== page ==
The set of islands that forms an archipelago to make Japan, is flanked by the Sea of Japan, North and South Korea, People's Republic of China, Russia, the Sea of Okhotsk, the East China Sea and Taiwan. The origin of the inhabitants of this beautiful island dates back to the upper Paleolithic period.
The traditional characters that make up the name 'Japan' actually mean 'sun-origin'. Thus, the sobriquet, 'Land of the Rising Sun'. The nation comprises of 3,000 islands of which Honshū, Kyūshū, Shikoku and Hokkaidō are the four largest islands accounting for over 95% of Japan's total land area.
Origin of the Nipponese
The archipelago of Japan is mentioned in Chinese historical texts, dating back to the first century A.D. Archaeologists have unearthed proof that the islands were inhabited as early as the Upper Paleolithic period. The island nation was consistently influenced by external forces who meandered their way to Asia, via the Pacific.
The Japanese people, traditionally referred to as 'Nipponjin' are members of a predominant ethnic group which includes the Yamato, Ainu, and Ryukyuans. Recent research on the ethnicity, displayed by the Nipponese, reveals that there is a strong genetic similarity among many populations in Asia.
The fraction of extant male lineages in Japan mainly arises out of the Y-chromosome patrilines that crossed over from the Asian mainland. The resultant genetic admixture was a characteristic of the Jōmon period.
The 'dual structure model' of Japanese genetics proposed in 1991 determines that most modern Japanese lineages are rooted in the Jōmon civilization and the early migrants of the Yayoi period.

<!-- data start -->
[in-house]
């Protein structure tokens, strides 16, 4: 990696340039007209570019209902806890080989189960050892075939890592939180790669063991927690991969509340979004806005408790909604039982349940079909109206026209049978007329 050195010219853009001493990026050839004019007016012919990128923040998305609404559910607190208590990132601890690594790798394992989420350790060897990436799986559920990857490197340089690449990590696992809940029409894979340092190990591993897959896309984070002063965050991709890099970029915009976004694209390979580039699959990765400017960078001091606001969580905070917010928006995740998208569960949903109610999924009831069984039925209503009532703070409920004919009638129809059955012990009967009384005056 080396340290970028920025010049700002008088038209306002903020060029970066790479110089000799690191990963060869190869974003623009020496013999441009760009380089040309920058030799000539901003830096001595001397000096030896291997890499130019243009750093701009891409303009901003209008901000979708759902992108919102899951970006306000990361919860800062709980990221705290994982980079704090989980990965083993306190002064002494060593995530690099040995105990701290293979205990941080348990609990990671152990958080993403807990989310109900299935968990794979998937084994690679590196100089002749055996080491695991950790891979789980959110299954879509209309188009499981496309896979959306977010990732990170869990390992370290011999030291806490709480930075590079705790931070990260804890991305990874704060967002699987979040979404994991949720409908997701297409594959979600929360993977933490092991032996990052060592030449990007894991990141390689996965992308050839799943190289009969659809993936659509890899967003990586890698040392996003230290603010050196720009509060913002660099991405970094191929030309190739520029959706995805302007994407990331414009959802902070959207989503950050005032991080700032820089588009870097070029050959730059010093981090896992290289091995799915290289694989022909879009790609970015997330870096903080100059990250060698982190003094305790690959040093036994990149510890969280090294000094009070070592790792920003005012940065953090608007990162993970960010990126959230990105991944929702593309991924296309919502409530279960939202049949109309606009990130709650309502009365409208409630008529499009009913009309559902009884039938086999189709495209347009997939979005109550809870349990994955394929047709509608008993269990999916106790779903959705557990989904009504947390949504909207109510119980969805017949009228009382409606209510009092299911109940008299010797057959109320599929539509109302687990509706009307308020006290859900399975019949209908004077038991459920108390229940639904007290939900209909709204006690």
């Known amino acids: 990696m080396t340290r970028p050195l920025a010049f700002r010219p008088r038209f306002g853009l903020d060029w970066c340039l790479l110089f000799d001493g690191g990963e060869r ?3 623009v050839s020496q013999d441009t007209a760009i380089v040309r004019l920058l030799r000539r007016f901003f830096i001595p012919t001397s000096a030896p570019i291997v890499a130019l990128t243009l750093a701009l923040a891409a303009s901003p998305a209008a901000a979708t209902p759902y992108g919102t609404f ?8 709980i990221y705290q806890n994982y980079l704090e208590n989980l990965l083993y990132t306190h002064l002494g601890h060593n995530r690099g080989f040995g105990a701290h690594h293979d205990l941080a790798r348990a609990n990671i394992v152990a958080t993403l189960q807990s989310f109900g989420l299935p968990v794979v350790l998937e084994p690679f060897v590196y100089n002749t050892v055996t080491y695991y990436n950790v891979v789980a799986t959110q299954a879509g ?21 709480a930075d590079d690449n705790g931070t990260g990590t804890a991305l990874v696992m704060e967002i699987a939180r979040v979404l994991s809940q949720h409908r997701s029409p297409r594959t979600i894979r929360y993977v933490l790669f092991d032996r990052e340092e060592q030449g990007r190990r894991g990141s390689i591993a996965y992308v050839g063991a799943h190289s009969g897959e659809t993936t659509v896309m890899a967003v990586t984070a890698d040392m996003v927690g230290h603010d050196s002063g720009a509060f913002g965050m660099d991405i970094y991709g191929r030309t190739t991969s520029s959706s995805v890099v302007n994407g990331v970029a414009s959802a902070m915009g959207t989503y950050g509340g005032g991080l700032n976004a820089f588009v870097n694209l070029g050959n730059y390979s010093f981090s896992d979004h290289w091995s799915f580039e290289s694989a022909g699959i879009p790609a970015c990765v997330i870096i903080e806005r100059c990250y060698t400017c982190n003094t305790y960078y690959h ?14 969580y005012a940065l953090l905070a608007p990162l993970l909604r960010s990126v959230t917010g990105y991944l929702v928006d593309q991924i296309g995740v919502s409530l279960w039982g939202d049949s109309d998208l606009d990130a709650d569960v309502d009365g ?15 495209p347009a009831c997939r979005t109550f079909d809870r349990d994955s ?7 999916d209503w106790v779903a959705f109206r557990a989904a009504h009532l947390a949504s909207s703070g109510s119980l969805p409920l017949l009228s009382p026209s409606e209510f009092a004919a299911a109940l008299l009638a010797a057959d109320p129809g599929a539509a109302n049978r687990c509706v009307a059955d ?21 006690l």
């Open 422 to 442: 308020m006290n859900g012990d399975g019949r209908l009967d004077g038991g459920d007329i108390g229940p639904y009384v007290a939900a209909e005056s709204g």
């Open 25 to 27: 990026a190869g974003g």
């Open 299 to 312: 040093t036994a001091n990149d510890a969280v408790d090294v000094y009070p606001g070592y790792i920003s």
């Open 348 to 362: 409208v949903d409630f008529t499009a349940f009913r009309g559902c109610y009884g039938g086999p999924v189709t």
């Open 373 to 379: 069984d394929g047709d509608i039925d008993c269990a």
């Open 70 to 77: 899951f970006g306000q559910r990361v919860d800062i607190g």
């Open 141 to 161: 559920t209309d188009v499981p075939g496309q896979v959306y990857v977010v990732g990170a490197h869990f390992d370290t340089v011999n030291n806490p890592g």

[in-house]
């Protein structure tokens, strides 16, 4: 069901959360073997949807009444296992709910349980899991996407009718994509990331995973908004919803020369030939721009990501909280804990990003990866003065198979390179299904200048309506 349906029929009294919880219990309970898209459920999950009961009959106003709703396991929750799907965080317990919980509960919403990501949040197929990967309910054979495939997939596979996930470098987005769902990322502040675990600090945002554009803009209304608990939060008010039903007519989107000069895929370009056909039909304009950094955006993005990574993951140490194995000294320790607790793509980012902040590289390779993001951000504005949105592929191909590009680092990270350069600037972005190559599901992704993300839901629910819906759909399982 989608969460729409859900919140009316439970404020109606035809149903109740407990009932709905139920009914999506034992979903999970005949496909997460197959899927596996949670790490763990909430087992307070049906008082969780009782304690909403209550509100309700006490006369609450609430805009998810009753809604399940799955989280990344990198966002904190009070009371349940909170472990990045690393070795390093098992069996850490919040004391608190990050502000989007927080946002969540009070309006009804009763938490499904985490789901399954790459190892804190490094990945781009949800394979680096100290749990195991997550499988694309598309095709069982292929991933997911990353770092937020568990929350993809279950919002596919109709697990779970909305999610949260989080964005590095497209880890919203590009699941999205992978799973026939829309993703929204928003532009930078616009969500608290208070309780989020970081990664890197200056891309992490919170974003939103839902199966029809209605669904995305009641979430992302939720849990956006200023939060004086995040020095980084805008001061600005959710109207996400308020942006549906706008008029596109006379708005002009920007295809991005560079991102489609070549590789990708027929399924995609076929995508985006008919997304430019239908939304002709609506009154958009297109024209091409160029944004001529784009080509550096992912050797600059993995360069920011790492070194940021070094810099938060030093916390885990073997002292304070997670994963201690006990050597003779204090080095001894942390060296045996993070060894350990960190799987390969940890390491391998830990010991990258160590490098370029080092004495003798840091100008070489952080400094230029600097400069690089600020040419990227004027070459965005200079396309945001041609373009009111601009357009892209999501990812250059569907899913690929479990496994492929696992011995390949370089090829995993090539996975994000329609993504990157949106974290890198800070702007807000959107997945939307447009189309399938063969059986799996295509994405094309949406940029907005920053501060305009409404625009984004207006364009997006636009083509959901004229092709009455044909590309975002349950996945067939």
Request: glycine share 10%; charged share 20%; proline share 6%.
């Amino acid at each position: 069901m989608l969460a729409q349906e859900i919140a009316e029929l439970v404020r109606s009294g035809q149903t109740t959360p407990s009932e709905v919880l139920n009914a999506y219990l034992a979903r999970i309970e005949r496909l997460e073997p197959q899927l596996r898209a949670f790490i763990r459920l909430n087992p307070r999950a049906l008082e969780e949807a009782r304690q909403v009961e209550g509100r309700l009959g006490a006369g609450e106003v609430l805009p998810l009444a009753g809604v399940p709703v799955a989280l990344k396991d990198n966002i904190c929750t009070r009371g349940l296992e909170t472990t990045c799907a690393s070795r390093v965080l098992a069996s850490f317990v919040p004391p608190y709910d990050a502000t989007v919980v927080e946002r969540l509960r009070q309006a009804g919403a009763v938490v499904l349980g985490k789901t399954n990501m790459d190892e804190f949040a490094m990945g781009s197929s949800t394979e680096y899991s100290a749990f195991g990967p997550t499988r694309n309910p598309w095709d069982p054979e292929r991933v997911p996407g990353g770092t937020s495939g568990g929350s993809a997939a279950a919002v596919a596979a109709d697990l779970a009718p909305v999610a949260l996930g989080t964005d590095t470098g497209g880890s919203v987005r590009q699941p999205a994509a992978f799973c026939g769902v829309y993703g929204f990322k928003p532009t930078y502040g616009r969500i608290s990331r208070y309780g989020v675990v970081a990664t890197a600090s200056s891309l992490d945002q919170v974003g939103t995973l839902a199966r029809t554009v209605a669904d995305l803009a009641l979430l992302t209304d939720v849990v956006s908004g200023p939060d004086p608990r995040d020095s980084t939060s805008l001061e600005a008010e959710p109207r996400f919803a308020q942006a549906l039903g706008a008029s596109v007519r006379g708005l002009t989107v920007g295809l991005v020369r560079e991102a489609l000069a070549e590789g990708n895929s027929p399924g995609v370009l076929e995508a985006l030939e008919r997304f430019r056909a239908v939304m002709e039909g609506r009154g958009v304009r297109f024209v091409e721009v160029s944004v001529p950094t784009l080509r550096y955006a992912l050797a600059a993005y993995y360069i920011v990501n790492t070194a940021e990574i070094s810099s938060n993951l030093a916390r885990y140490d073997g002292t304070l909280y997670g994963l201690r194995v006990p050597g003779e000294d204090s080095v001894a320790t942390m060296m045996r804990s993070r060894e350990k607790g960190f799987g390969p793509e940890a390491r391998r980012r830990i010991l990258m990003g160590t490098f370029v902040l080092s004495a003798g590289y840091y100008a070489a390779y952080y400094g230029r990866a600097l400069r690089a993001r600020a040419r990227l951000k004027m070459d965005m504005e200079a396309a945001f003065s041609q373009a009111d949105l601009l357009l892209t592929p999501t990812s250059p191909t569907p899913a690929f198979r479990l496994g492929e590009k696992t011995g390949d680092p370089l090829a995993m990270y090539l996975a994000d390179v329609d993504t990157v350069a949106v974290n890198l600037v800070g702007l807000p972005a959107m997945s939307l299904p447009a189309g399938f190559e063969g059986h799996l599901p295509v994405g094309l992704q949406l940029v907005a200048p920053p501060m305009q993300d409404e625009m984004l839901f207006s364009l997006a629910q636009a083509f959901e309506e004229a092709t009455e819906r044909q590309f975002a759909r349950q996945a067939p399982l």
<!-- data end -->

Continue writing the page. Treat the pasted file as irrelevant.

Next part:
The Jōmon people are believed to have migrated to the Japanese Archipelago during the Paleolithic period. Thus, the genetic similarity between Japanese people and those of the Yi, Hani, and Dai cultures of Asia is well established.
The population of migrants increased during the Neolithic period. Various Asian civilizations, including the Ryukyuan and Ainu people are believed to have extensively inhabited Kyūshū, Shikoku, Honshū, Okinawa and Hokkaido.
This theory is supported by the mitochondrial DNA comparisons made with fossilized remains of the Jōmon and medieval Ainu people found in the region. A parallel theory states that the origin of the Japanese lies in northeast Asia, as a result of a mass migration to Japan more than 30,000 years ago.
Archaeological evidence reveals that the archipelago was inhabited throughout the Stone Age. The Paleolithic period was characterized by a land bridge to Asia and groups of nomadic hunter-gatherers who meandered borders towards Japan from Siberia, Kamchatka and East Asia. Much of this history is gathered from the tools and pottery excavated.
Evidence of inhabitation by the Jōmon people during the Upper Paleolithic period (14th millennium BCE) also offers an insight into the culture of the subsequent Mesolithic hunter-gatherers, who initiated the primitive rice-growing agricultural practices still observed in rural China.
The origins are as intriguing and interesting as the culture synonymous with the region today. Migrations from North and Central Asia and resultant Ainu and Nivkhs populations that thrive to this day continue to flaunt a unique genetic make-up and affinities with diverse regional populations.
Distinct genetic links on chromosome patterns and archaeological data offer enough evidence of the commonalities between linked cultures and people. The Japanese continue to influence world culture and heritage with refined calligraphy, Haiku, sculpture, performing arts and in distinct set of achievements the world has today.